International Ecotourism Society’s inaugural North American conference

The International Ecotourism Society’s inaugural Ecotourism and Sustainable Tourism Conference North America took place January 25-27 at the University of South Florida Patel College of Global Sustainability (PCGS) which is a LEED Gold certified building. This was the first major Sustainable Tourism Conference following the adoption of the United Nations Sustainability Goals and the outcomes of COP21 Climate Change negotiations in Paris, France.

Although ESTC holds international conferences every year, this is the first conference held for North America and over 200 professionals from around the world attended. The Ecotourism and Sustainable Tourism Conference is an annual global conference focused on highlighting and promoting ecotourism’s role in sustainable development and aims to strengthen the industry’s commitment to the recent UN resolution, “Promotion of Ecotourism for Poverty Eradication and Environment Protection.”

“A connection with nature is integral to our survival,” said Dr. David Randle, Professor and Chair of ST at USF in his keynote. “It’s a call to action that our planet has entered the Anthropocene era. The choice for humans is clear: we can either choose to protect our planet or we can allow it to be destroyed. But by destroying the planet, we destroy ourselves.”

Mr. Richard Jordan, chief of UN operations for the Royal Academy of Science International Trust, emphasized the importance of youth participation in achieving the Sustainable Development Goals as well as the overarching need to eradicate poverty in all its forms and dimensions. Ecotourism can be a beneficial force for development of local economies especially through the economic empowerment of women.

Jon Bruno, acting executive director of TIES, note that the secondary effect of the economics of the Ecotourism industry in the local culture is that this money is actually positively and actively changing the dynamic without disrupting the community. The result is that tourism, sustainably developed and managed, is of much greater benefit than consumptive industries such as mining or logging. “The good news, as well, is 48% of millennial travelers under 30 say sustainability is one of their top three priorities for travel… this is a very hopeful trend for conservation and the welfare of indigenous stakeholders.”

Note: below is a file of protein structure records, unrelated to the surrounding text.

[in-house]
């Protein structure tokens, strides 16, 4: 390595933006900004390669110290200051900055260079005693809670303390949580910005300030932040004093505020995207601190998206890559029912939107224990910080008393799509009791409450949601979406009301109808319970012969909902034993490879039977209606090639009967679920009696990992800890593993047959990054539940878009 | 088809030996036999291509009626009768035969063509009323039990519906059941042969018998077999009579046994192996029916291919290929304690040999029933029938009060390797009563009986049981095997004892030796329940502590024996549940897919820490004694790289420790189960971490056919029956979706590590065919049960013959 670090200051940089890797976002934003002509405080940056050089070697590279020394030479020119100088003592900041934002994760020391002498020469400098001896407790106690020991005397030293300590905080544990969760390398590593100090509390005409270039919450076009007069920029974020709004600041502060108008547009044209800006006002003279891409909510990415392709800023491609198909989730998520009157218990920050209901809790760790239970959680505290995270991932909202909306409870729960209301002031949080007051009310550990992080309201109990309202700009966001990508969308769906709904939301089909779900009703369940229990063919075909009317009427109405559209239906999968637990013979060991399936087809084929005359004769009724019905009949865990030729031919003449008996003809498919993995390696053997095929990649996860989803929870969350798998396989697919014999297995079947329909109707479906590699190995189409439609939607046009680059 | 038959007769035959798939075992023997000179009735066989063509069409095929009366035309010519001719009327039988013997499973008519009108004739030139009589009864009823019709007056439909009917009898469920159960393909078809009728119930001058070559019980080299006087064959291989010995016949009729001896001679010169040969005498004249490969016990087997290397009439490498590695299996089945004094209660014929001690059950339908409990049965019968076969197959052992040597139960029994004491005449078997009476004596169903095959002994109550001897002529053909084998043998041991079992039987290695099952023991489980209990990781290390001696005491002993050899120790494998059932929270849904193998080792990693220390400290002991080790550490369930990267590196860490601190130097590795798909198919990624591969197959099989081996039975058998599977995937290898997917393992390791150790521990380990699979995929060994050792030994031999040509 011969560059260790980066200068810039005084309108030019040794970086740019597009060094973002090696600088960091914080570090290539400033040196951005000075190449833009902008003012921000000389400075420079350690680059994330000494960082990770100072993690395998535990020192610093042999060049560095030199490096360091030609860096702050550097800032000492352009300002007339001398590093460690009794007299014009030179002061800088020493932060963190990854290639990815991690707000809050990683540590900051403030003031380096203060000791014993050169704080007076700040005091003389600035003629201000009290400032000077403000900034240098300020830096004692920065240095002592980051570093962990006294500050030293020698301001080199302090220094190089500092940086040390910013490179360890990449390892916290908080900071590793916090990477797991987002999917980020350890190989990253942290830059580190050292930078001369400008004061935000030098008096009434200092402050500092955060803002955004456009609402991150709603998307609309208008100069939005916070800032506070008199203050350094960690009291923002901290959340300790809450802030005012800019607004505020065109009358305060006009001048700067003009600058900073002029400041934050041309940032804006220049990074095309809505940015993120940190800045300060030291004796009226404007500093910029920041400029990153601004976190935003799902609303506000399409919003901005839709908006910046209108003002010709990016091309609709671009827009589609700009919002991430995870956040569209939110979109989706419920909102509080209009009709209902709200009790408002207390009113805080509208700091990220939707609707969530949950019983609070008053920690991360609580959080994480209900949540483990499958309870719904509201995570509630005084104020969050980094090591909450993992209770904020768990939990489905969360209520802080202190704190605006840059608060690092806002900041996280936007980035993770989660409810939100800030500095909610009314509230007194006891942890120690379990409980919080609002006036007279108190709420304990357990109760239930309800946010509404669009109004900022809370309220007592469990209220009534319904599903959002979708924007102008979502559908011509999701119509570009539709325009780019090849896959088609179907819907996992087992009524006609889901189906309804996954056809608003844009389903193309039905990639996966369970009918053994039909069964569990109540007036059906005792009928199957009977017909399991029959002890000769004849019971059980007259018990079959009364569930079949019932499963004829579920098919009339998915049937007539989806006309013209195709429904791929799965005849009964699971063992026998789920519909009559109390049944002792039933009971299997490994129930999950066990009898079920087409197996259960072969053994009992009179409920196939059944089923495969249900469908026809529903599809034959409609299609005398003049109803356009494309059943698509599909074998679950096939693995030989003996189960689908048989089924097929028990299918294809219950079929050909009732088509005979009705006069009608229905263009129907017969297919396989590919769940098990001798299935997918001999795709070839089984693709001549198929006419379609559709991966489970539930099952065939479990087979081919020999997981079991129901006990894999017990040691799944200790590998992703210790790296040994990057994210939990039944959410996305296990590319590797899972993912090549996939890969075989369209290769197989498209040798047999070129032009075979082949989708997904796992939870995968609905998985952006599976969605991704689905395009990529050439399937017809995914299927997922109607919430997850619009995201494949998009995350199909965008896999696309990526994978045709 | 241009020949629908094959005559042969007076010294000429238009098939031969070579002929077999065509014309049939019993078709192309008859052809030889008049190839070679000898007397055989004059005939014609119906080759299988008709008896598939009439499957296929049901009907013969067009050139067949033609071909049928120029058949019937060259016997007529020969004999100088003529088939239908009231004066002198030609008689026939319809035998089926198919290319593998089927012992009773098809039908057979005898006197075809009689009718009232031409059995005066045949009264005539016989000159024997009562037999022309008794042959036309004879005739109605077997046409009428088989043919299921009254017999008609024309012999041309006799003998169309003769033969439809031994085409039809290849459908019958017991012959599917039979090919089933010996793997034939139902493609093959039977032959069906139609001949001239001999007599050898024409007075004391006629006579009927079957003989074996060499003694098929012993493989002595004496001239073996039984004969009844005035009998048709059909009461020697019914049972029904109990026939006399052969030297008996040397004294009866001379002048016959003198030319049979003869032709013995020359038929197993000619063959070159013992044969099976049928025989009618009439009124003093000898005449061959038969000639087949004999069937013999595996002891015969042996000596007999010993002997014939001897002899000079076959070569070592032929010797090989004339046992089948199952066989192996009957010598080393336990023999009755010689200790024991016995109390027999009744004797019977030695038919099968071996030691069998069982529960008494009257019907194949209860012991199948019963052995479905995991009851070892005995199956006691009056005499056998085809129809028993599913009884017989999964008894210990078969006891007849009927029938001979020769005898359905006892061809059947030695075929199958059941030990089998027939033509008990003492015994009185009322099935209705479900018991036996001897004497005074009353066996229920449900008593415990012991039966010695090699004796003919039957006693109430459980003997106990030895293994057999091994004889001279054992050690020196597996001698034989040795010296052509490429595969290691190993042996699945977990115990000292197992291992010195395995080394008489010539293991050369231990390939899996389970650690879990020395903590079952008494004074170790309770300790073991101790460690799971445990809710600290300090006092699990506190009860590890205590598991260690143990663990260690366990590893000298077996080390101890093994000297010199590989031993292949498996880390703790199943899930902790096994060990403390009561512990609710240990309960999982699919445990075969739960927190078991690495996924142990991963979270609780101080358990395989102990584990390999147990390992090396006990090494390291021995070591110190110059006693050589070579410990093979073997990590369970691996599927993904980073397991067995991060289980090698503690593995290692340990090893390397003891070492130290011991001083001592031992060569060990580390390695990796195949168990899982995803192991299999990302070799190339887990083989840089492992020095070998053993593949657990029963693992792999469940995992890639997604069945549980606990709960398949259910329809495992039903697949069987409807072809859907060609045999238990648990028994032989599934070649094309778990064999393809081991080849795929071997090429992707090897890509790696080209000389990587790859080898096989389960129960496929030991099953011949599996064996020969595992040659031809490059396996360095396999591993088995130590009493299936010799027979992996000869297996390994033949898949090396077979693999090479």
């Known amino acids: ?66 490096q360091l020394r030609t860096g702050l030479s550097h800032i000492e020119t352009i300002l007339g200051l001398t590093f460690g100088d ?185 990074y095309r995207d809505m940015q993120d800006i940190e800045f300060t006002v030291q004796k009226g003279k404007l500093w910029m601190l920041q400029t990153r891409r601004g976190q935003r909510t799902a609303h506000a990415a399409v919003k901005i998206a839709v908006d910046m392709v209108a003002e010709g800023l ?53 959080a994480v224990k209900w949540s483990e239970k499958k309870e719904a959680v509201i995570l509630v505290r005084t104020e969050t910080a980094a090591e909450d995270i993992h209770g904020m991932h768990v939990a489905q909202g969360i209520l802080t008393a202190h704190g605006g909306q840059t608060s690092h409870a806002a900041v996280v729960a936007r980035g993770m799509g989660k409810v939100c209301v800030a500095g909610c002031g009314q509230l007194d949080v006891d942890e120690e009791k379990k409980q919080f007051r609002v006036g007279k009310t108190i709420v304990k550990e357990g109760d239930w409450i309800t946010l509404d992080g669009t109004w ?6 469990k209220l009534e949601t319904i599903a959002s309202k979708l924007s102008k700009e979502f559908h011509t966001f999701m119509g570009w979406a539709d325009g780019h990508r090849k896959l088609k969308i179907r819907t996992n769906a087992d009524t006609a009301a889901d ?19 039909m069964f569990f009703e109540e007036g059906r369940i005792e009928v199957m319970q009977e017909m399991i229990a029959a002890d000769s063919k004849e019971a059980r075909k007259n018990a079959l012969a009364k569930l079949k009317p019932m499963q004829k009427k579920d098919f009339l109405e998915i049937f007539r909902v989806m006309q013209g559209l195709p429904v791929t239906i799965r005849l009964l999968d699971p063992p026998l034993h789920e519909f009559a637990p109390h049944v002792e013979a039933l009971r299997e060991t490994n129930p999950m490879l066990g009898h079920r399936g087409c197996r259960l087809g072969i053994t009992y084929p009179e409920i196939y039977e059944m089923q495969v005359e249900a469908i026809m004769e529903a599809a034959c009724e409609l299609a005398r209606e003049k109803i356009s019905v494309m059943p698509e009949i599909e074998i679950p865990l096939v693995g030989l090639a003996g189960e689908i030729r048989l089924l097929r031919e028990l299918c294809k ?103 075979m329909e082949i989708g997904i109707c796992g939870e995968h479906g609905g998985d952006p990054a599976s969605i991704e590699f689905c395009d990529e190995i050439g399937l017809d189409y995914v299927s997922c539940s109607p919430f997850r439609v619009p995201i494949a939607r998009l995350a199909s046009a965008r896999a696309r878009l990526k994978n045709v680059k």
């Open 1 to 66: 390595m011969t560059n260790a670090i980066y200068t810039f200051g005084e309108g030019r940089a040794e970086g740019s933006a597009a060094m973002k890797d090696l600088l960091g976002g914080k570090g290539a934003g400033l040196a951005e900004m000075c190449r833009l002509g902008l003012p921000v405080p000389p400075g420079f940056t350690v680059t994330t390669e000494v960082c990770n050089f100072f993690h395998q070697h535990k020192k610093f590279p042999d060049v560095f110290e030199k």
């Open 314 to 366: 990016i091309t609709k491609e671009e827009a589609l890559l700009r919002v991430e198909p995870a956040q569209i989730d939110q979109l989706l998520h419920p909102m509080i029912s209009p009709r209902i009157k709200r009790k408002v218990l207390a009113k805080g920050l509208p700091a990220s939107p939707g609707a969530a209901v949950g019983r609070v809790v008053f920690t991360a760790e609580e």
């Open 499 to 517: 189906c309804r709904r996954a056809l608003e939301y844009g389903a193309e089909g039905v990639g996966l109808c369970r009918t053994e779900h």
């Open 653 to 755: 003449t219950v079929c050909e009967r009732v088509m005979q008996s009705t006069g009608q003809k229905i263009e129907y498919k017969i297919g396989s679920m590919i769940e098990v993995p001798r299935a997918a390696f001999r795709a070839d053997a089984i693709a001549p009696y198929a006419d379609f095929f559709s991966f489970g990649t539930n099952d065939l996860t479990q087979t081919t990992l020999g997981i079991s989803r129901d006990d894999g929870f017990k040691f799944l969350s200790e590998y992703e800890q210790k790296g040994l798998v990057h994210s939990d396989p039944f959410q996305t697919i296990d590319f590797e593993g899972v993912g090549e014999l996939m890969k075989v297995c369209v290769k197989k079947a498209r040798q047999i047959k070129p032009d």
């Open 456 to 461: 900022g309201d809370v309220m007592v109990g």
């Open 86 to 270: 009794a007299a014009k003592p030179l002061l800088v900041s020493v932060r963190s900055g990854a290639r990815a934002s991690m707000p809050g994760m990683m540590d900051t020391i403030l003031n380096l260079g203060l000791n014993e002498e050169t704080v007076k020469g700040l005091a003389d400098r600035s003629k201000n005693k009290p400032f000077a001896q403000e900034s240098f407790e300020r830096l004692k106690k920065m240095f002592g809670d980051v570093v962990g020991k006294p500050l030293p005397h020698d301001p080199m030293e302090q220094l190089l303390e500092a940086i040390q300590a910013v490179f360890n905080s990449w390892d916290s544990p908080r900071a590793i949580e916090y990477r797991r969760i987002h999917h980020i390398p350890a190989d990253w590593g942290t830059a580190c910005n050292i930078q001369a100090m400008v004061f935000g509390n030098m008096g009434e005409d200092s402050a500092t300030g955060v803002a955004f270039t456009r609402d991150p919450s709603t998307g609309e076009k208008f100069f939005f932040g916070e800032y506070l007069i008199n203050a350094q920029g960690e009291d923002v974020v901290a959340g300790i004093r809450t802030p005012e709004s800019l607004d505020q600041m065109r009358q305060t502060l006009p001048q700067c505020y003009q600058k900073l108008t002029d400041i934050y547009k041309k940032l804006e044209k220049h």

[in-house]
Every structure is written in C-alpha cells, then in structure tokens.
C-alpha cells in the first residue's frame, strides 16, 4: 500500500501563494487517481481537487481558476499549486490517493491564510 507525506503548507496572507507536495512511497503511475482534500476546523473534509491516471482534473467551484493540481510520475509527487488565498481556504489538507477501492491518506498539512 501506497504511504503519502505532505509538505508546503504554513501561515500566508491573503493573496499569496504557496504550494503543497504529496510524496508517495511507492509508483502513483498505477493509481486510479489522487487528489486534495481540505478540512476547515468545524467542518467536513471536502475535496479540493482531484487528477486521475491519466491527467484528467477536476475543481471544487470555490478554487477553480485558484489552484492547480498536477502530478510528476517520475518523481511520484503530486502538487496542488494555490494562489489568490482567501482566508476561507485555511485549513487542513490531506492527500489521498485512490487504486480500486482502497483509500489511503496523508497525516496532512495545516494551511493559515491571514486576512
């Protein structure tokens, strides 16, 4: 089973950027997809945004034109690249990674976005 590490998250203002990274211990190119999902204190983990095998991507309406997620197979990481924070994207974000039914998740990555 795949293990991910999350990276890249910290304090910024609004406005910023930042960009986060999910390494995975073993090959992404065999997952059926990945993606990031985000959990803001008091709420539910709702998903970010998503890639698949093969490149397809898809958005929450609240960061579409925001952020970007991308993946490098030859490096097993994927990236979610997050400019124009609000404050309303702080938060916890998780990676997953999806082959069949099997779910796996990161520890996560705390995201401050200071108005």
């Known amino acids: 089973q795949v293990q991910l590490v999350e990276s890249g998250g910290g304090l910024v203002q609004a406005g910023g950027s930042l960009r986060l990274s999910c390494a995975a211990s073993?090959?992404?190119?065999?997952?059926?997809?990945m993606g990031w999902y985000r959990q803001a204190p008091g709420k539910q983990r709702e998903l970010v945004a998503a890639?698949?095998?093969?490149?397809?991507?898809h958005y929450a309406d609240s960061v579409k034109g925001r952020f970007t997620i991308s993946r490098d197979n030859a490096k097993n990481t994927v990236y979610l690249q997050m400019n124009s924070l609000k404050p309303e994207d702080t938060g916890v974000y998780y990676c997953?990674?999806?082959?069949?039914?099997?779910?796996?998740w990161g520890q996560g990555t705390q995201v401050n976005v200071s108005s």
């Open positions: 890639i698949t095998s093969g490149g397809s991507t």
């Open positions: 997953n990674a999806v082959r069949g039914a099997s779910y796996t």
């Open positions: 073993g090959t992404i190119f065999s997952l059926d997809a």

The conference concluded on Wednesday, January 27th with keynote presentations from Dr. Kelly Bricker, professor and chair at the Department of Parks, Recreation, and Tourism at the University of Utah and TIES chair, and Dr. Thomas Henry Culhane, professor at Mercy College NY, National Geographic Explorer, and Founder of Solar Cities, debuted the home biogas system, the first commercial system that can take the food waste from a family of four and turn it into reliable methane gas that they can cook on for up to two hours a day in perpetuity, as well as providing a nutrient rich liquid fertilizer as a second product which can be used to produce hydroponic food at zero cost! Amongst other projects debuting at the conference was the textbook “The Good Company: Sustainability in Hospitality, Tourism and Wine” which Dr. D’Arcy Dornan praised, saying, “The Good Company: Sustainability in Hospitality, Tourism, and Wine is our guidebook on the journey of sustainability, helping us to become sustainability‐system thinkers…”

Conference topics included:

– The Role of UNWTO Observatories in accelerating the Growth of Sustainable Tourism

– How the “International Year of Sustainable Tourism 2017” was prepared and adopted by the UN General Assembly

– Creating Sustainable Ecotourism through Adventure travel

– Ecotourism and indigenous communities case studies

The conference concluded with a dinner, locally-sourced dinner by the Chiles Group with ingredients coming from nearby community farms and fisheries on and around Anna Maria island.

The last big announcement:

Dr. Kelly Bricker announced during the closing speech that the next ESTC will officially be held in 2017 in Ansan-Si, South Korea.

In final questions she said, “The big goal here is when the meaning of the word tourism invokes sustainability.”


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